New perspectives on stone bead technology at Bronze Age Troy
Geoffrey Ludvik, Mark J. Kenoyer, Magda Pieniążek & William Aylward Anatolian Studies 65 (2015): 1-18
Περίληψη (στα Αγγλικά)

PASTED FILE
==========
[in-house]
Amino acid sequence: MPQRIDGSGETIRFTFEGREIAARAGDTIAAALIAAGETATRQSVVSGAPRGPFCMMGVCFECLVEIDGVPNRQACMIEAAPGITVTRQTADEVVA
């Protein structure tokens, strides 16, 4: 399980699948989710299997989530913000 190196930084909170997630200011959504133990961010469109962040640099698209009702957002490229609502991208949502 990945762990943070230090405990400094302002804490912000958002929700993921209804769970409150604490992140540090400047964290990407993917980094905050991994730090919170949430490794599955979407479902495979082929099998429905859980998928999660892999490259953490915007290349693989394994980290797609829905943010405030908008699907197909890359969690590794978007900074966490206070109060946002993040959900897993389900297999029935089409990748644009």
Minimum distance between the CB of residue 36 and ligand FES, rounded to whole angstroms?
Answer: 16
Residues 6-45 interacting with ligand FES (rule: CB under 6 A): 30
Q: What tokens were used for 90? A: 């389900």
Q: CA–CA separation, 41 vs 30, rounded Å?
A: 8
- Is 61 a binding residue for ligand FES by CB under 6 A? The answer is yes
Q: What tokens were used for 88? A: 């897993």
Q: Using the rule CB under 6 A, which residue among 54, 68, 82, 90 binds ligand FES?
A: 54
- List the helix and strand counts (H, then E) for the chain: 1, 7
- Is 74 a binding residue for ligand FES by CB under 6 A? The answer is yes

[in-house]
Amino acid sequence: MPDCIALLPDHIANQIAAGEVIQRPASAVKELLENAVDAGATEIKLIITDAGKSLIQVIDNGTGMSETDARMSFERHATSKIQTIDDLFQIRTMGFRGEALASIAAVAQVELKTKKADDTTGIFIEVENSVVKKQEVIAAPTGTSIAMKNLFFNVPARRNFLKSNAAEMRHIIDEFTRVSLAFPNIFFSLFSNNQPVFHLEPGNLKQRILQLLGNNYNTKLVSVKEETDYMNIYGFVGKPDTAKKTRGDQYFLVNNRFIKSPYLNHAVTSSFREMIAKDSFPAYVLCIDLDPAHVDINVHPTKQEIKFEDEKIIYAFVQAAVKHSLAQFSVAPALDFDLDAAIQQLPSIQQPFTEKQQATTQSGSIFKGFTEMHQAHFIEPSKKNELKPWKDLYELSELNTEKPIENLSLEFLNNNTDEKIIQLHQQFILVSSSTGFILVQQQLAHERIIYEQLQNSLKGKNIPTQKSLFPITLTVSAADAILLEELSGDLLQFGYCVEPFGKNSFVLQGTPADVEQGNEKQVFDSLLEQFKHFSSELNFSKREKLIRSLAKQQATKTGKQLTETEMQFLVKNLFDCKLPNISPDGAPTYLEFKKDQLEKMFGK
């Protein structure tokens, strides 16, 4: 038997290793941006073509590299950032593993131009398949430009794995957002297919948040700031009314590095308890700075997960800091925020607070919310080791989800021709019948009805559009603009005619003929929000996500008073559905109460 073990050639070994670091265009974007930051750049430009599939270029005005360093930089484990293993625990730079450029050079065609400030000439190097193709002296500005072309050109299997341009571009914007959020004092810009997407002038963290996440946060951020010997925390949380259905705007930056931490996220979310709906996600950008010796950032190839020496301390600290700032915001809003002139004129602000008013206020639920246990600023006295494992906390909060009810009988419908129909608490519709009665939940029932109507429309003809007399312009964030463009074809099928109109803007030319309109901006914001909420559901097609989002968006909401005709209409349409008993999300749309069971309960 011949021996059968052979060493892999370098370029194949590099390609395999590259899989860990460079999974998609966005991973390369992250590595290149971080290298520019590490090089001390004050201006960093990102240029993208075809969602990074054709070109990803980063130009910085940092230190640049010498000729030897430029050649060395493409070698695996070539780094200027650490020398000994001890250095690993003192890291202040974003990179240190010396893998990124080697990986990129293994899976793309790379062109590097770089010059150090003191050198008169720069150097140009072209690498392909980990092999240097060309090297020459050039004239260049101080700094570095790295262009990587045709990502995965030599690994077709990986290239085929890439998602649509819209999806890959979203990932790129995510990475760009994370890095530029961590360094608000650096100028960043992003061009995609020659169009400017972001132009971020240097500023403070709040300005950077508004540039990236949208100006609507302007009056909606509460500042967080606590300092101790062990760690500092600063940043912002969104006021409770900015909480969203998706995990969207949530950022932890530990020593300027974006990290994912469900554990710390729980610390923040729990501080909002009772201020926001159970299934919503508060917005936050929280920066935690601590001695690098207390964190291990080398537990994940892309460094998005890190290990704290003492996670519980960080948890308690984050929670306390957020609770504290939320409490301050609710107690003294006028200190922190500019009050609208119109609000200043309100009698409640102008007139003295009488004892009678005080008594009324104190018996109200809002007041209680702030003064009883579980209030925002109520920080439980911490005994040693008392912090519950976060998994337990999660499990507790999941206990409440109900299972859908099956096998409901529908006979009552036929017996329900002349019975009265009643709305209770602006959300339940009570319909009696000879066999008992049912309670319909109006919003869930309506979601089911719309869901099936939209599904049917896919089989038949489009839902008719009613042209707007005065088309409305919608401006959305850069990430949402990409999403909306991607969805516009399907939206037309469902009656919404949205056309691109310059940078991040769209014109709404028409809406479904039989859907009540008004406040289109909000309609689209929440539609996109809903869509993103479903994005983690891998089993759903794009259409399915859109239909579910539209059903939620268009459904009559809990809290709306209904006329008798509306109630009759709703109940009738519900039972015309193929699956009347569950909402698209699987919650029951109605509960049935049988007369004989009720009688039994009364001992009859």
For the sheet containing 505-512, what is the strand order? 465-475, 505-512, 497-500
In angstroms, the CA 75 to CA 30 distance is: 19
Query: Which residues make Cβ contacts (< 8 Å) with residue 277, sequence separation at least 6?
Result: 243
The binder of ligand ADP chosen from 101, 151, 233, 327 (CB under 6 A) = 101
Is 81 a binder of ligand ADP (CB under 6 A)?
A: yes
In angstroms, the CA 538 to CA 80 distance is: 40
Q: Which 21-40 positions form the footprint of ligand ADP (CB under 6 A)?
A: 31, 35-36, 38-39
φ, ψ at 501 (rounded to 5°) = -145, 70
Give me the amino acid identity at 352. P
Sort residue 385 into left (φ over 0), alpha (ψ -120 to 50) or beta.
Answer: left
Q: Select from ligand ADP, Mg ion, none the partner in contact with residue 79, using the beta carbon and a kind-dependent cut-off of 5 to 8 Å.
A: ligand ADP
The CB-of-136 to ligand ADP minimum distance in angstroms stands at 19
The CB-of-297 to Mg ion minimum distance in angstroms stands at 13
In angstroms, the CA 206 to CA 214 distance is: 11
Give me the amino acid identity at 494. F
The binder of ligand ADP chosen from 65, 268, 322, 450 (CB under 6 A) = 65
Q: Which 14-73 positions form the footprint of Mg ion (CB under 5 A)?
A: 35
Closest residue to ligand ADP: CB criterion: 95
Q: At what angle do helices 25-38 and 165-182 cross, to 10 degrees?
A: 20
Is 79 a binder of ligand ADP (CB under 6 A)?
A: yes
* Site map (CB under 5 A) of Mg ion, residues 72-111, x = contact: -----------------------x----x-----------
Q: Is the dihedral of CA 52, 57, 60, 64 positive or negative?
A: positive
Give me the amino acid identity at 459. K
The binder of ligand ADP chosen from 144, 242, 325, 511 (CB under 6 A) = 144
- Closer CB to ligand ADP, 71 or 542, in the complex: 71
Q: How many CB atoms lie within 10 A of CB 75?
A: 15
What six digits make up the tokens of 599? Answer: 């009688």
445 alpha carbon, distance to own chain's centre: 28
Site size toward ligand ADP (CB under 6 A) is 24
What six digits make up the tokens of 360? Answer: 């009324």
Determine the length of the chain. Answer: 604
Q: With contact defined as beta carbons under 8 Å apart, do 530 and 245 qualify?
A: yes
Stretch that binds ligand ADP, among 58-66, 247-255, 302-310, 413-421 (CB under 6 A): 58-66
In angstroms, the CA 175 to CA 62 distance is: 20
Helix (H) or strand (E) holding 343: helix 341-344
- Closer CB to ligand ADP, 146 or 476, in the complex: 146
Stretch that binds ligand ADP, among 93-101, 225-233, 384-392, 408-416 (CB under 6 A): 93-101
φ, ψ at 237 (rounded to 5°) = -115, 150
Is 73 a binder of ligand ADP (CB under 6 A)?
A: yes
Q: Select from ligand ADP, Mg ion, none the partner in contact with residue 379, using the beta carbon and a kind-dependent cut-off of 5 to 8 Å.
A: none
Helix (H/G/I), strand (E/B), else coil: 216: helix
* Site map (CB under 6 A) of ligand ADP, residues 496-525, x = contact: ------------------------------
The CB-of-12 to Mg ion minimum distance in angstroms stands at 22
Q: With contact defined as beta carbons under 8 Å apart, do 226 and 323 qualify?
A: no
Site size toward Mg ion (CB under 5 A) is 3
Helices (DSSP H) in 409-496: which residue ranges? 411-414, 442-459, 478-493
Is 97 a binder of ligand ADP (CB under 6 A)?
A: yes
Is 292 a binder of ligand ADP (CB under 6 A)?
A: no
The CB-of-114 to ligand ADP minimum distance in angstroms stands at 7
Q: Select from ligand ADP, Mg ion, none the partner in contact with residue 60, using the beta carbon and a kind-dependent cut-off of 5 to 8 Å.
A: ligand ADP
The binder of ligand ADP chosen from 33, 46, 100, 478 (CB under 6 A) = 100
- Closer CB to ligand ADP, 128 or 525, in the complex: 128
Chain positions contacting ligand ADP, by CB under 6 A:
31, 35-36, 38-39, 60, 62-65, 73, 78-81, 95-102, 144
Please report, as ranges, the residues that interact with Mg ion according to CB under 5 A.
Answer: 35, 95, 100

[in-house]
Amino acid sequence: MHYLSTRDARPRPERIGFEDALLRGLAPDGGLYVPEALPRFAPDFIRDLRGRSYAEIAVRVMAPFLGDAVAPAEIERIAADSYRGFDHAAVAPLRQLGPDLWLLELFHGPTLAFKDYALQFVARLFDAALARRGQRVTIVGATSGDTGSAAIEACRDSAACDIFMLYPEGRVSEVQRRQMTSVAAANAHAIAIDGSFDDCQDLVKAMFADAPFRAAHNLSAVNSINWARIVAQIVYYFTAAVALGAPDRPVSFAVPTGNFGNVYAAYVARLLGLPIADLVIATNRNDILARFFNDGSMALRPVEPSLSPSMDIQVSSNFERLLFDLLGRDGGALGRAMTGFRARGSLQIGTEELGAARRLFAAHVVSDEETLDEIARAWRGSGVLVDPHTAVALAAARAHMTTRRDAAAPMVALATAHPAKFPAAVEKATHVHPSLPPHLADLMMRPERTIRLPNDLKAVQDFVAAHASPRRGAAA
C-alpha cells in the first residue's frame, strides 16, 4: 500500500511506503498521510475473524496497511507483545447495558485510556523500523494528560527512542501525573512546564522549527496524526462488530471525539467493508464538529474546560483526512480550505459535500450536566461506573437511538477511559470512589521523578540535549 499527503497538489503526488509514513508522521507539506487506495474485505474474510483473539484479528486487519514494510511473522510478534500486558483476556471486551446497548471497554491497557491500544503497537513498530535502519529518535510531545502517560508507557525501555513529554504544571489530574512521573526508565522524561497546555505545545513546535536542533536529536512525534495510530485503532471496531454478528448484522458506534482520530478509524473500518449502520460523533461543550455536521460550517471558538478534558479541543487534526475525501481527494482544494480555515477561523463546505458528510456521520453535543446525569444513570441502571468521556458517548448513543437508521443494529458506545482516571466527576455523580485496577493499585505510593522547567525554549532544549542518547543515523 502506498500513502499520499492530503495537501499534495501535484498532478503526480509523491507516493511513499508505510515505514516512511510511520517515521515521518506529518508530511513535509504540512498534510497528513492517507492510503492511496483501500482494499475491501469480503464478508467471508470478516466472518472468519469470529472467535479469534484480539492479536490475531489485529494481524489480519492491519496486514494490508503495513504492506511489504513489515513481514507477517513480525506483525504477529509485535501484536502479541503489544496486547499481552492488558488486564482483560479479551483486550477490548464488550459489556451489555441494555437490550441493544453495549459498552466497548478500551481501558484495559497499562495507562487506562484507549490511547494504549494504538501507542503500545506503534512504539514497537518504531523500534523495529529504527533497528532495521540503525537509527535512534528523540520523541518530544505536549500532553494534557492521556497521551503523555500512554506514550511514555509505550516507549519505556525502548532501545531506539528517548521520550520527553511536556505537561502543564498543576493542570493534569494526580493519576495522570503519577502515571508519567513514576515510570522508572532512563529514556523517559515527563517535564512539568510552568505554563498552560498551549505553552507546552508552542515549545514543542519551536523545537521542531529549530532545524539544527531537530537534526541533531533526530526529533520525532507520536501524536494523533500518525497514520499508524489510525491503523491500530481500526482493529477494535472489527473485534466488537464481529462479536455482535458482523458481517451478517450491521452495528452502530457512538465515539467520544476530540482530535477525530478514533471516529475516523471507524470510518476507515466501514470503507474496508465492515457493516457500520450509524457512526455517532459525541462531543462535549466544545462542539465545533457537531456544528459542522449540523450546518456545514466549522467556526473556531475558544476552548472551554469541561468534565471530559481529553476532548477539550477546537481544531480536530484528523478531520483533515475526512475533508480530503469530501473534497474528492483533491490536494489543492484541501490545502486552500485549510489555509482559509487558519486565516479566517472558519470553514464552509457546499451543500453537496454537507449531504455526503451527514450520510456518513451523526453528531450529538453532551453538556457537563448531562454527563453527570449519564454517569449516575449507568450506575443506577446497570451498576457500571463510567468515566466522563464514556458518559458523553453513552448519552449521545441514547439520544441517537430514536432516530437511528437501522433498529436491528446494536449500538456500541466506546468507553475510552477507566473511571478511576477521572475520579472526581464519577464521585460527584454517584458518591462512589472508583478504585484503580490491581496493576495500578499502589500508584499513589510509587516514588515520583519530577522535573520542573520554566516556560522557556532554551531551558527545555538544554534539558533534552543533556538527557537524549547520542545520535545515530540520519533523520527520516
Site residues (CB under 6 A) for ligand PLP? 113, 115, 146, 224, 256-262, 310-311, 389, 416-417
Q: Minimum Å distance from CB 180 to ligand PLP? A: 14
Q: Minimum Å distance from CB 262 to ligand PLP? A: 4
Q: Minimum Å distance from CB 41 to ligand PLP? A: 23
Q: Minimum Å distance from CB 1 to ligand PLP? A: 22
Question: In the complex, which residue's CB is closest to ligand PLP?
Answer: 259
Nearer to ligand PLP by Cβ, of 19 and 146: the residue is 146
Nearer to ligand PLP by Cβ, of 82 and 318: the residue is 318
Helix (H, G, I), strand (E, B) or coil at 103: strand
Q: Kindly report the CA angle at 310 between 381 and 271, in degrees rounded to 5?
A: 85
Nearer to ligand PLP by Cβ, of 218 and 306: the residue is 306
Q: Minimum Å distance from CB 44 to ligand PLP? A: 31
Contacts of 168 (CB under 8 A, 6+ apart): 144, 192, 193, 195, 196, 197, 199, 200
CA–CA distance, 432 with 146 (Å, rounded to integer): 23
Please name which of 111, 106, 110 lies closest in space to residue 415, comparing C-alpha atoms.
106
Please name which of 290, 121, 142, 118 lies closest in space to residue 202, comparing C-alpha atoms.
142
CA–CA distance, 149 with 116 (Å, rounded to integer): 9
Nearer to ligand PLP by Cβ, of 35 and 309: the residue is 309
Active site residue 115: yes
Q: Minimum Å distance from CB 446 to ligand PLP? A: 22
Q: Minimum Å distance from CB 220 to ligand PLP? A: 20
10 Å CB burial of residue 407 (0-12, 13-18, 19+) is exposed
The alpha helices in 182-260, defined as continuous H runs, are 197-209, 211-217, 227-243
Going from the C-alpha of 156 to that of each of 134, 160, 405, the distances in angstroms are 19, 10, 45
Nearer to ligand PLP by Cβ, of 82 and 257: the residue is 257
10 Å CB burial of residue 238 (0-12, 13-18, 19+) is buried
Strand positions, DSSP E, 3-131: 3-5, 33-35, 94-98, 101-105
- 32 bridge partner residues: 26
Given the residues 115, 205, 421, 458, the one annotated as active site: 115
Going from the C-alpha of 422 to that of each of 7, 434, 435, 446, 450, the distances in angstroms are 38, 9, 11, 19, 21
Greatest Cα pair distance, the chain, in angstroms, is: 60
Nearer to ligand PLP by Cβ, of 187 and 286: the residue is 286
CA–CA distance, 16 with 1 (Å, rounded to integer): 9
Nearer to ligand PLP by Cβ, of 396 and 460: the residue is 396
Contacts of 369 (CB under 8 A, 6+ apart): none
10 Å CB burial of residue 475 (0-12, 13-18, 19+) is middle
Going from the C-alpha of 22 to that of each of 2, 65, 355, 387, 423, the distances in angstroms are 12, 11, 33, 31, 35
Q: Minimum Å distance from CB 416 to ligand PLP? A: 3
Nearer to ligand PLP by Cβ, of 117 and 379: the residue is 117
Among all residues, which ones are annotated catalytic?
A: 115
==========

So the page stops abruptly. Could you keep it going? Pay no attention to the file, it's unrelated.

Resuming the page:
Stone beads from the site of Troy, Turkey, have been studied in order to understand better the nature of lapidary technology and trade during the third to second millennium BC in this part of Anatolia. Eighteen carnelian and two rock crystal beads were documented through visual examinations, measurement and photography to identify the raw material, as well as general aspects of manufacture and style. Silicone impressions of the drill holes as well as some of the engraved surfaces were made in order to study the nature of drilling and abrasion under a Scanning Electron Microscope. Through these studies, it is possible to identify the presence of different types of bead production and drilling technology during each major chronological period at the site. Some of the beads may have been produced at Troy or at nearby sites in Anatolia while others have links to the southern Aegean and eastern Mediterranean regions as well as the more distant regions of Mesopotamia and the Indus Valley.